In our previous blog in the series, we talked about ways to bypass screen time limiting apps. Today, we explore the ways kids are getting around more screen time regulations for YouTube, voice messaging, and more.
In one example, kids discovered that the YouTube app itself was blocked after a certain amount of time, but their messaging apps were not. All they needed to do was to either have a friend send them videos via text message or text themselves videos, and they had all the freedom in the world.
Kids also discovered that if they were watching YouTube in Safari (Apple’s internet browser) and they put the video in “full screen” mode before the limit began, they could continue watching videos without fear of it shutting down.
I know what you’re thinking. I block the messaging app, too. No need for my kid to be up all night texting! Of course, kids figured out how to hack this, too. If their phone has Siri or a similar function, they can read and send texts without restriction simply by using their voice.
Virtual Private Networks
Virtual private networks (VPNs) are used by businesspeople to send traffic over the internet without the risk of snooping. However, VPNs are now used by children and teens (and adults) to bypass internet controls or monitoring. VPNs allow people to connect to apps, websites, etc. without letting their WiFi network (home, school, or work) know what they’re accessing. This gives the user full access to whatever content they want for as long as they like.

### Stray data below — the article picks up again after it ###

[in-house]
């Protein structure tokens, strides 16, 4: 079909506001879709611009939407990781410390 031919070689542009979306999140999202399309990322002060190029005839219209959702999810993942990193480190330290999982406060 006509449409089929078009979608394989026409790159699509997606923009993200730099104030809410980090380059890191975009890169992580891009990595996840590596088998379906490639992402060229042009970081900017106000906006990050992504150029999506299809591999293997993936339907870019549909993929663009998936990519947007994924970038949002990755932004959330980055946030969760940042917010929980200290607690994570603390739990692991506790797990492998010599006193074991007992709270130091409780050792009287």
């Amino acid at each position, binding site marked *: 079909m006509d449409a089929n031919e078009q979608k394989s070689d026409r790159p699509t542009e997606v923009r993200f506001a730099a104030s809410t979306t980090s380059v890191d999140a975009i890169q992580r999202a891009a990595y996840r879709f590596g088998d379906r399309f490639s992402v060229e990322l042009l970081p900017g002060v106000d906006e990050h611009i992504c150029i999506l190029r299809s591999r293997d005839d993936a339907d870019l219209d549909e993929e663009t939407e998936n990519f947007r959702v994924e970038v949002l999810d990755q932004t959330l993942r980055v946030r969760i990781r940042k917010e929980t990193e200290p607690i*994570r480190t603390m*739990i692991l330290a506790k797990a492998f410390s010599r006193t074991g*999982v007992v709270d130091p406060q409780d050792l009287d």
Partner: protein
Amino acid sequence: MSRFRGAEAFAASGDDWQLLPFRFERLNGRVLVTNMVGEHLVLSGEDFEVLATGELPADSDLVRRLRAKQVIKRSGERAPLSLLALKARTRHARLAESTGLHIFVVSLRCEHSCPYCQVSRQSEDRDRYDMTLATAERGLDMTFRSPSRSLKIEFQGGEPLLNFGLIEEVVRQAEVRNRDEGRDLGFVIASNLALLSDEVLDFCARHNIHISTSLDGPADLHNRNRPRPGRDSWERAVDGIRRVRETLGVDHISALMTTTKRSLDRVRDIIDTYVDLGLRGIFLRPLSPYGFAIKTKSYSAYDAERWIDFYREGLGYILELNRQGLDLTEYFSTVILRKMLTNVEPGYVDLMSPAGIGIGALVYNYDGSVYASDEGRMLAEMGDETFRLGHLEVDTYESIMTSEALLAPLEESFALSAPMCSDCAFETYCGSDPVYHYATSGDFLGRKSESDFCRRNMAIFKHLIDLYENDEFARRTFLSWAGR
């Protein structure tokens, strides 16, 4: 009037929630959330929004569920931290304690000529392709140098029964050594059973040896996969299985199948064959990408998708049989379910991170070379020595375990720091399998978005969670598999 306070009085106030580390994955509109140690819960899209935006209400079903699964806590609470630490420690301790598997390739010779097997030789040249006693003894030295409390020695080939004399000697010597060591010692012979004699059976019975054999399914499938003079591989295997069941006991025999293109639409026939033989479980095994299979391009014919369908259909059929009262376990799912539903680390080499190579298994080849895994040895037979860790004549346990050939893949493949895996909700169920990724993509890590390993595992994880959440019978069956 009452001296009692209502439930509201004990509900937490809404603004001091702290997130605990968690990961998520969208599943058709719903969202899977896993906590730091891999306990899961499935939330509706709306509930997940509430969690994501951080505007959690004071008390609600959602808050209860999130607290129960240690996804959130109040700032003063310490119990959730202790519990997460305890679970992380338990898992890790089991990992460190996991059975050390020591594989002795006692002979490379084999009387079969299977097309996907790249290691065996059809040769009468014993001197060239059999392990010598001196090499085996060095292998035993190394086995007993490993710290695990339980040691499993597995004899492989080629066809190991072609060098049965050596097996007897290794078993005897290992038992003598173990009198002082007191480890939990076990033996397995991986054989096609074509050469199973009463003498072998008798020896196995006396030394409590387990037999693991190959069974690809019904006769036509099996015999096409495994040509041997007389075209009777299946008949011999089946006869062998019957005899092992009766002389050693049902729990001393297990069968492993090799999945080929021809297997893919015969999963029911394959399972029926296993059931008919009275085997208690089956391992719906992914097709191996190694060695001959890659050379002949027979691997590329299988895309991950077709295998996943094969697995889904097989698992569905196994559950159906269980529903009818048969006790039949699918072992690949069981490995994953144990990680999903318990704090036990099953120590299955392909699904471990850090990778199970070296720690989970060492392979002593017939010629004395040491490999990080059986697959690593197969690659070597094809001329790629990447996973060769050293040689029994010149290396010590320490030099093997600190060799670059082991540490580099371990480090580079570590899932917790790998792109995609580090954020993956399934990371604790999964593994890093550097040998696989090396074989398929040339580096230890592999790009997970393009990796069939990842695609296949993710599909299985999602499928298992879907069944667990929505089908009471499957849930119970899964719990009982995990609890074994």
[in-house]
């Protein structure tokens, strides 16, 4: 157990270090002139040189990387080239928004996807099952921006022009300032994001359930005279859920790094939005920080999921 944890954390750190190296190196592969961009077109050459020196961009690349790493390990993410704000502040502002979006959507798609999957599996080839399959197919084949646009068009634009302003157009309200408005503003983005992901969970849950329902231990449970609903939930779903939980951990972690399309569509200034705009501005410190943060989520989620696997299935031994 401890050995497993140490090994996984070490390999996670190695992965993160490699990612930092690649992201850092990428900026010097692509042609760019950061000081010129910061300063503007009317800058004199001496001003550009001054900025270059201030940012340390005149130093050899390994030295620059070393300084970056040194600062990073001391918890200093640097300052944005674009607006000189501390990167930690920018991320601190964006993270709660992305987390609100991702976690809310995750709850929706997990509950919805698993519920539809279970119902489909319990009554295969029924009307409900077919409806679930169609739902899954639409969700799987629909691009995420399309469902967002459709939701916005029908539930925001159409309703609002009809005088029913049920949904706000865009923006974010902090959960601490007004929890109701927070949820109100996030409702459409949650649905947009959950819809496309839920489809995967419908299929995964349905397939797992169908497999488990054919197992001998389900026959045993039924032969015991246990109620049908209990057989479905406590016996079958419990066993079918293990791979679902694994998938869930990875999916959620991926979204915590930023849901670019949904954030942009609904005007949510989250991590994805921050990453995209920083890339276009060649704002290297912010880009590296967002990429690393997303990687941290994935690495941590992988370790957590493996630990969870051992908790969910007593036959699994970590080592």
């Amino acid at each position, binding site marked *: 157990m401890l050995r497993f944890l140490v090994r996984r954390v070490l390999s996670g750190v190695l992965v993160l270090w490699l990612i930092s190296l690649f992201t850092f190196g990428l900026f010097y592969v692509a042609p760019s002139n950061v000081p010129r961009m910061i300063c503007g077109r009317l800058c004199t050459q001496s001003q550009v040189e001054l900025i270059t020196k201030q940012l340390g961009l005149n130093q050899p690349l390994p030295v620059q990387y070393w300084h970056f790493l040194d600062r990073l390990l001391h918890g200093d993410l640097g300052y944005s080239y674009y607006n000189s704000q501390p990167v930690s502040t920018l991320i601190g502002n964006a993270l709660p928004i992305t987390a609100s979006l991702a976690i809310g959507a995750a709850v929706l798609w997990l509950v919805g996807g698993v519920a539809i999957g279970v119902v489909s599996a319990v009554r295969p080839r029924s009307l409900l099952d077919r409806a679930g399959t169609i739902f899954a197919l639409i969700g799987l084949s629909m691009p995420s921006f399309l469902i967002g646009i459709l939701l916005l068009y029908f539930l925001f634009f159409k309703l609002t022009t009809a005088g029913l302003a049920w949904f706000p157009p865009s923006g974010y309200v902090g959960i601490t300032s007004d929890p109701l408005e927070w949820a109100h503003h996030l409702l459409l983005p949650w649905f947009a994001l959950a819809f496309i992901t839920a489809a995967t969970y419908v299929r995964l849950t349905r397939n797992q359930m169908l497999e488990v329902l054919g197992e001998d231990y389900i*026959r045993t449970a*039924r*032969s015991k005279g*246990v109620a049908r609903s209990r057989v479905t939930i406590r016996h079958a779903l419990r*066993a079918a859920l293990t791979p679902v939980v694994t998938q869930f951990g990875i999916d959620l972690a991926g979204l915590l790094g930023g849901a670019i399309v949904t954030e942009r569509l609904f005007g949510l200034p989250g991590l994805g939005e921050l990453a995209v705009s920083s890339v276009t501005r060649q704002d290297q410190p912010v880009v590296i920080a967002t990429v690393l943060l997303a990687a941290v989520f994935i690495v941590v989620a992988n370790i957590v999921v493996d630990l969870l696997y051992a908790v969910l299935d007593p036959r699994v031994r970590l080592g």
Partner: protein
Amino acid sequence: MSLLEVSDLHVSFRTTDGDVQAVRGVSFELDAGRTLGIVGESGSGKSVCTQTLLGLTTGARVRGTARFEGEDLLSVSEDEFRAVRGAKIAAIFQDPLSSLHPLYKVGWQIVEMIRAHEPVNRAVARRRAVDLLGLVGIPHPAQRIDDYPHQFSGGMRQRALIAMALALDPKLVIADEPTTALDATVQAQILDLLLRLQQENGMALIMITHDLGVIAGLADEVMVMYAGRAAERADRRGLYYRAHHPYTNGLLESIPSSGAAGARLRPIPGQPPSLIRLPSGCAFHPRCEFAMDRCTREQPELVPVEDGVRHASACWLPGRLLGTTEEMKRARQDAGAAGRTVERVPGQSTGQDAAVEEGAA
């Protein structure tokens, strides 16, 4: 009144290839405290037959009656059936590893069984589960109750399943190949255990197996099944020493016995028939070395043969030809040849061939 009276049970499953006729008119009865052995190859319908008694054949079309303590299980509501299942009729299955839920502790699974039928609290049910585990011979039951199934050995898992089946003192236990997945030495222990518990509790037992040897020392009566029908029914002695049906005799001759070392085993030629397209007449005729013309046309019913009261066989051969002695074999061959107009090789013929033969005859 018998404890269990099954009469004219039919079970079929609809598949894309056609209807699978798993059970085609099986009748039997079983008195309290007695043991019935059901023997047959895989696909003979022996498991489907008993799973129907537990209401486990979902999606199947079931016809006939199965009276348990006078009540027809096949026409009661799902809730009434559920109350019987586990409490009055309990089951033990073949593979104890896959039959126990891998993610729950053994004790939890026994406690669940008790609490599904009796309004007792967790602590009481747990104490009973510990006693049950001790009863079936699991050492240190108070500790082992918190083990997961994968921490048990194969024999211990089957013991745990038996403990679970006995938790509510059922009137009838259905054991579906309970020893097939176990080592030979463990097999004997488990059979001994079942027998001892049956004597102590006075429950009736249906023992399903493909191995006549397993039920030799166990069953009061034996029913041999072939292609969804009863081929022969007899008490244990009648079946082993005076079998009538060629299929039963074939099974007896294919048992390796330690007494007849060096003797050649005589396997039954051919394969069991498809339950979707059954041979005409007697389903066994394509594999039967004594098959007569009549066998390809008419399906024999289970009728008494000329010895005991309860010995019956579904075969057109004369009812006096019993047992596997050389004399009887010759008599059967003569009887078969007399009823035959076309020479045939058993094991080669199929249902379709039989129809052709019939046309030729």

There are several risks when it comes to VPNs. While most VPN apps are free, nothing is ever really free. These apps could be snooping on your or your child’s browser history, messages, photos, and more.
Hiding or Vault Apps
App manufacturers have gotten very sneaky with their private messaging apps, giving them names and icons that resemble something entirely different than their actual purpose. Some private messaging apps have names and icons that are made to look like calculators or maps. It’s only when a child enters a secret code or moves their finger on the screen in a defined pattern, the vault opens to reveal hidden photos and files.
Even with all the special apps out there, a simple private browser window will allow them to bypass any restrictions set on surfing the web. Because most apps have a website, too, that means most apps are also accessible limit free. Private browsers like Google Chrome’s incognito mode or Safari’s “Private” window allow kids to use a device without information like address, passwords, browsing history, etc. saved or recorded. Chrome explains it as follows,
Now you can browse privately, and other people who use this device won’t see your activity. However, downloads and bookmarks will be saved.
Chrome won’t save the following information:
- Your browsing history
- Cookies and site data
- Information entered in forms
Your activity might still be visible to:
- Websites you visit
- Your employer or school
- Your internet service provider
While this is indeed an important feature, these private browsers also give kids access to the internet that is not monitored by screen time apps, and their search histories are unavailable for you to see.
Many of these options started with good intentions, but kids are resourceful and determined to get what they want, in this case, more screen time. Though this may make the battle to regulate device use seem impossible, there are ways to hack the hackers. Look for our next post detailing a few suggestions to do so.
Read parts 1 and 2 of the series explaining how children learn to bypass screen time restrictions and how certain device settings can help them do so.